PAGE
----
by | 17 hours ago
Women’s Agenda has partnered with the Cartier Women’s Initiative to highlight opportunities for Australian and New Zealand-based impact entrepreneurs to apply for the global program.
The Cartier Women’s Initiative aims to lift the “missing women” and celebrate female-led businesses that meet at least one of the Sustainable Development Goals.
Having supported 262 female entrepreneurs since its launch, the Initiative is putting the final call out for applications for its 2023 edition.
The program’s Paris-based Global Director Wingee Sampaio said the aim is to elevate those women who are helping to solve some of the globe’s biggest goals: improving education, healthcare, the environment, economic development and job stability.
“For women to realise their full potential is actually for the world to realise their full potential,” Sampaio said.
We met Sampaio on The Women’s Agenda Podcast, to learn more about her own career supporting women’s entrepreneurship as well as the global awards program.
Before joining the Initiative, Sampaio had been working on a series of corporate innovation projects where she met with many women entrepreneurs interested in changing the world through social or environmental impacts.
“This led me to become very passionate and interested in this idea of ‘the missing woman’ in the entrepreneurship ecosystem. That was about seven years ago now and since then, I have pivoted my career towards supporting women-impact entrepreneurs,” says Sampaio.
She has also worked with an organisation called Next Wave Impact, to support women-impact entrepreneurs, and three years ago, moved from California to Paris, France where she serendipitously met the Cartier team to join them as a consultant. Soon after, she became the program director.
“I’m very happy to have the chance to do this work every day, and I’m inspired by the many women entrepreneurs, the many changemakers in general, that I have a chance to meet,” says Sampaio.
The women entrepreneurs in the program’s community are driving forces in helping to solve challenges throughout the world with most of their top goals being to improve education, healthcare, economic development and job stability.
The Initiative’s annual award criteria is reflective of this “force for good” mentality because the program recognises how women are highly motivated to create positive social and environmental change.
To be eligible for an award, the women-owned business must be for-profit, in the early stages of growth and meet the UN sustainable development goals. Awardees will be given funding, INSEAD enrolment, media visibility, tailored mentoring, international business exposure and will join a global community of supporters.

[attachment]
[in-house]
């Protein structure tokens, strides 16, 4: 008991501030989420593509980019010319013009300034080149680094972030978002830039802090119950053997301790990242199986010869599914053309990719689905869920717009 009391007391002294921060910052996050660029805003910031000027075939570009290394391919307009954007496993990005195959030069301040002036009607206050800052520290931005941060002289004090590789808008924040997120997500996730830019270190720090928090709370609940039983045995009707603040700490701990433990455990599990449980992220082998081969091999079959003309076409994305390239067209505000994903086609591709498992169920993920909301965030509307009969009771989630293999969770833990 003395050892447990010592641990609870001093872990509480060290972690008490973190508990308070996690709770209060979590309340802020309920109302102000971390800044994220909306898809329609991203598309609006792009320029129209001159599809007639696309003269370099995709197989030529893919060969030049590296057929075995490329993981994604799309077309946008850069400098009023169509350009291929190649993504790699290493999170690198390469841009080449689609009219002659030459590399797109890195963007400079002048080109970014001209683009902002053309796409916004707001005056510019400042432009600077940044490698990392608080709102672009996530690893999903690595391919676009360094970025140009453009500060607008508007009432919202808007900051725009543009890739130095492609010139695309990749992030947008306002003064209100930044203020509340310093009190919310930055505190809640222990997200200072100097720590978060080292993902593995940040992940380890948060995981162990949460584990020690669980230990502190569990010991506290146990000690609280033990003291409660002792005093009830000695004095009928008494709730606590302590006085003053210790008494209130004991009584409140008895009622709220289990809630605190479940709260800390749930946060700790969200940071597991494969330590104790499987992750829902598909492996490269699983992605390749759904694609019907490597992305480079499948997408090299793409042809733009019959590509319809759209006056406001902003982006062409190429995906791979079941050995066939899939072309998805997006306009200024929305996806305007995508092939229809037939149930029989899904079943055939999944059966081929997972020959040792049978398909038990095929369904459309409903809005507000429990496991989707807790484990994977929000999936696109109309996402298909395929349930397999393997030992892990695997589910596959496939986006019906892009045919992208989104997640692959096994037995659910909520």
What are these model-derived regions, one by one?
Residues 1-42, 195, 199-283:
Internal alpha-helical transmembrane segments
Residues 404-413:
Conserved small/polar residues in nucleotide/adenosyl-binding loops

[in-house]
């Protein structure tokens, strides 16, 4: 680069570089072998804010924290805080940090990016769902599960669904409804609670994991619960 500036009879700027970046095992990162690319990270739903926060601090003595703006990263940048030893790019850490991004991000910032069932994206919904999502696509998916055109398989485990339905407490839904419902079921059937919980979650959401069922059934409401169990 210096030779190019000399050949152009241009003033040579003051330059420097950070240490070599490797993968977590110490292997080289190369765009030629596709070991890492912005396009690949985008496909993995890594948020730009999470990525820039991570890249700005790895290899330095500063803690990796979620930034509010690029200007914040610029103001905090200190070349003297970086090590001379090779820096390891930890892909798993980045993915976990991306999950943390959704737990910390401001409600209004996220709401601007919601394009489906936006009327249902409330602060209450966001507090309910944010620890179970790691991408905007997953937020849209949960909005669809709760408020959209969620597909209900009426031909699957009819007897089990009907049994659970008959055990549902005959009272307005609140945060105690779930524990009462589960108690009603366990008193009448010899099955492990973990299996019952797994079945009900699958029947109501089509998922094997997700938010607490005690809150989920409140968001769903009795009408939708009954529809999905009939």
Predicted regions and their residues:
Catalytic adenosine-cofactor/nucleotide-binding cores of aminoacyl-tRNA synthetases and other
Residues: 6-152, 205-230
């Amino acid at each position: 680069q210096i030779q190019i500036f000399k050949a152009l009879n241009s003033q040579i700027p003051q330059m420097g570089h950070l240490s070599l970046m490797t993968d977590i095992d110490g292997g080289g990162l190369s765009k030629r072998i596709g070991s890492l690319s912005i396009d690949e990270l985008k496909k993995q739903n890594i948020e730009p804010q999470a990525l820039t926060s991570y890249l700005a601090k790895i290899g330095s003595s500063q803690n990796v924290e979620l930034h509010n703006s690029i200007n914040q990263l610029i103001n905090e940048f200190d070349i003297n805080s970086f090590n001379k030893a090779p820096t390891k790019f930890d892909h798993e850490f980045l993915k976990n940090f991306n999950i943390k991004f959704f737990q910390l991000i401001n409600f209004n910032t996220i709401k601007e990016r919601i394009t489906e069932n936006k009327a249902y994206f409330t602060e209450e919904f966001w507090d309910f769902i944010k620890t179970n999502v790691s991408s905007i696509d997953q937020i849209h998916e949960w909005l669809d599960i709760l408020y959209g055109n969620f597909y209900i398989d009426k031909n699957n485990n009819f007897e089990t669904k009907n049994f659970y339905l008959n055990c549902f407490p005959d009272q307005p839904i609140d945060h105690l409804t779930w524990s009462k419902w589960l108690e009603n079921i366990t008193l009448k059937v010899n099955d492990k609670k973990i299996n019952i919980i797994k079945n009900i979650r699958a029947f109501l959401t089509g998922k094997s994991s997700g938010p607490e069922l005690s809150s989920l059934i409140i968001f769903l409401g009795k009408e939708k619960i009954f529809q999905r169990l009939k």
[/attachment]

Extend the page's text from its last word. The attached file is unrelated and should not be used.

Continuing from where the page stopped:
This year, the Initiative has added some new awards around the world, including a Diversity, Equity & Inclusion Award, exclusively for founders and entrepreneurs from here in Australia and New Zealand.
The “triple burden” for female entrepreneurs
Women-owned businesses continue to receive just a fraction of the investment that their male counterparts receive – part of the “triple burden” that female entrepreneurs experience that the Cartier Women’s Initiative aims to address.
The first burden is in that lack of financing going towards women-owned businesses in comparison to those owned by men, making it harder for many women entrepreneurs to successfully grow and scale their businesses.
The second burden is in the fact that female-dominated industries have been some of the most impacted by the COVID-19 pandemic. And the third burden stems from women taking on the bulk of the unpaid and domestic duties globally.
Since launching in 2006, the annual Cartier Women’s Initiative Award has recognised and supported 262 women across the globe, creating a community that spans 62 countries.
“Many of the fellows, when they first joined the program, were looking to benefit from both financial capital support as well as the fellowship support to gain skills and build their expertise in entrepreneurship,” Sampaio says.
“But, at the end of their fellowship, it’s usually their sisterhood that they have built amongst other women-impact entrepreneurs that has left a big place for the Cartier Women’s Initiative in their hearts.”
This year, any women entrepreneurs who meet the criteria can submit an application to the Cartier Women’s Initiative Award until Thursday, June 30, 2022 at 2pm Central European Summer Time (CEST).
Two new categories have also been added to the 2023 edition of the Regional Awards, including Francophone Sub-Saharan Africa and Oceania, with the latter covering Australia and New Zealand.
A new Diversity, Equity & Inclusion Award has also been created for the 2023 edition, aimed at encouraging entrepreneurial solutions that help to close access gaps and improve outcomes and opportunities for typically underrepresented or underserved communities.
Check out more on the awards and the Cartier Women’s Initiative here.
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17 hours ago

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